A model gene was used for demonstrating the usefulness of the vector and of the system for selection of fowlpox virus recombinants: the β-galactosidase gene of E. coli. This gene was chosen because its efficient expression may be readily detected by adding X-Gal (5-bromo-4-chloro-3-indolyl-β-D-galactopyranoside), which generates a blue coloration under the action of β-galactosidase.
The lacZ gene coding for β-galactosidase of E. coli may be recovered, for example, from plasmid pCH110 (Hall et al. 1983). The lacZ gene was excised with BamHI and HindIII and inserted into the cloning vector POLYII (mentioned above), the taken up in the form of a BglII-BamHI fragment and inserted in pTG1171 opened with BamHI and treated with phosphatase.
The construction carrying the lacZ gene downstream from 7.5K promoter is referred to as pTG1177.
The DNA of plasmid pTG1177 (100 ng/106 cells) was transfected into chick embryo cells infected beforehand with fowlpox virus ts1, according to the protocol described in Example 5.
After 5 days' incubation at 39.5° C., the recombinant viruses are harvested after lysing the cells by freezing.
The viruses are titrated on chick embryo fibroblast cultures, under agar medium. After 5 days, the viral plaques are visualized with X-Gal (solution containing 30 mg/ml, diluted to 1/100 in PBS medium+1% agarose).
The viral plaques stain blue, thereby indicating the presence of functional β-galactosidase.
a) Another vector enabling heterologous DNA to be transferred into the fowlpox virus was constructed by retaining a larger intergenic region between ORFs F7 and F9. To achieve this objective, a first localized mutagenesis was performed on the phage M13TG188 (described in Example 3) with the following synthetic oligonucleotide
5' AACAACCTAATATCACTATAGGATCCTTGTTAAAAAGGAAT 3'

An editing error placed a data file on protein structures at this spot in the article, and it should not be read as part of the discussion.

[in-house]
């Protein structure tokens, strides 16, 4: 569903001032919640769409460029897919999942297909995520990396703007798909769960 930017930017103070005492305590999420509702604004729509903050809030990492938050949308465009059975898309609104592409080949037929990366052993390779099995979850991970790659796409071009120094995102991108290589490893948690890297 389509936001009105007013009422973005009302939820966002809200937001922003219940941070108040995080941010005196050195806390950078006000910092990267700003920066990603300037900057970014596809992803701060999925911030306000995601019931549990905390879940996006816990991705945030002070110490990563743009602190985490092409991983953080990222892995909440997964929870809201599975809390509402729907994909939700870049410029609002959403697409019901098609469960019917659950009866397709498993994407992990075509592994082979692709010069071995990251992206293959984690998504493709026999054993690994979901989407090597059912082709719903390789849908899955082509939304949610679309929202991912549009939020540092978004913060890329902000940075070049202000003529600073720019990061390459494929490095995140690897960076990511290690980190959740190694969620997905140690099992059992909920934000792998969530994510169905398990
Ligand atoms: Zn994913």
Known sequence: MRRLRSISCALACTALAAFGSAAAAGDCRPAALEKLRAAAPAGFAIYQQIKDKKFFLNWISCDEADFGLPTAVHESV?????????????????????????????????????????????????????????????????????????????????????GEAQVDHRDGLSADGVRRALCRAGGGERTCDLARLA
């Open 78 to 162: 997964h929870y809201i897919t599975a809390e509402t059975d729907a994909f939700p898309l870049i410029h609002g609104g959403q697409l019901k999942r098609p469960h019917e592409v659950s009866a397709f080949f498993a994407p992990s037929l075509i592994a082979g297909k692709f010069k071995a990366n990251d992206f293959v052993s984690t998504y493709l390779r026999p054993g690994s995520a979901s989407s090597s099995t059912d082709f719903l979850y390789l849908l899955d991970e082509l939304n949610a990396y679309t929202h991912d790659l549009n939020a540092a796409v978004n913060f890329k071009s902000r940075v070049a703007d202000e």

This gives the phage M13TG2123, and results in the introduction of a BamHI site into the 3' coding portion of ORF F7. A second mutageneis was then performed on M13TG2123 with the following oligonucleotide
5' CCTAATATCACTACTGAAGCGCAACTAGGATCCTTGTTAA 3'
In the resulting phage, M13TG2125, the intergenic distance between ORF F7 and ORF F9 is increased by about fifteen nucleotides, and the codons situated on the 3' side of ORF F7 are replaced by equivalent codons, coding for the same amino acids. The mutated fowlpox DNA sequence was recovered from M13TG2125 in the form of a BglIl-PstI fragment, and introduced into the vector POLYII as in Example 3, to generate plasmid pTG2134.
b) Insertion of a poxvirus promoter into the vector pTG2134.
The promoter of the 7.5K protein gene of the vaccinia virus, recovered in the form of a BglII-BamHI fragment of a vector M13TG2119 (derived from M13TG7.5K described in Example 3), was inserted in the BamHI site of plasmid pTG2134. This gave rise to two vectors, pTG2135 and pTG2136, which differed from one another in the orientation of the promoter. In plasmid pTG2135, the promoter is oriented in the same direction as ORF F7 and F9, while in plasmid pTG2136, the orientation is reversed.
As in Example 4, the β-galactosidase gene, in the form of a BglII-BamHI fragment, was inserted into the vectors pTG2135 and pTG2136, opened beforehand with BamHI and treated with phosphatase. These manipulations gave rise to the vector pTG2137, in which the β-galactosidase gene is oriented in the same direction as the genes of ORFs F7 and F9, and to the vector pTG2138, in which the orientation of the β-galactosidase gene is reversed.
The DNA of pTG2137 was transfected into chick embryo cells infected with the fowlpox virus ts1, as in Example 5.
Plaques of recombinant viruses are observed after 5 days, and they stain blue after adding X-Gal.
A. Construction of the recombinant viruses
The construction of a vector (pTG2137) which makes it possible to transfer the β-galactosidase gene into the fowlpox genome and to recognize the recombinant viruses by virtue of the blue color of the fowlpox plaques in the presence of a chromogenic substrate (X-Gal) has been described in the main patent. It is possible, in addition, to select for the integration of a second gene in the fowlpox genome without the latter imparting a new, readily detectable phenotype to the virus. This is illustrated for the case of the gene coding for the F protein of the measles virus.
The stages are as follows: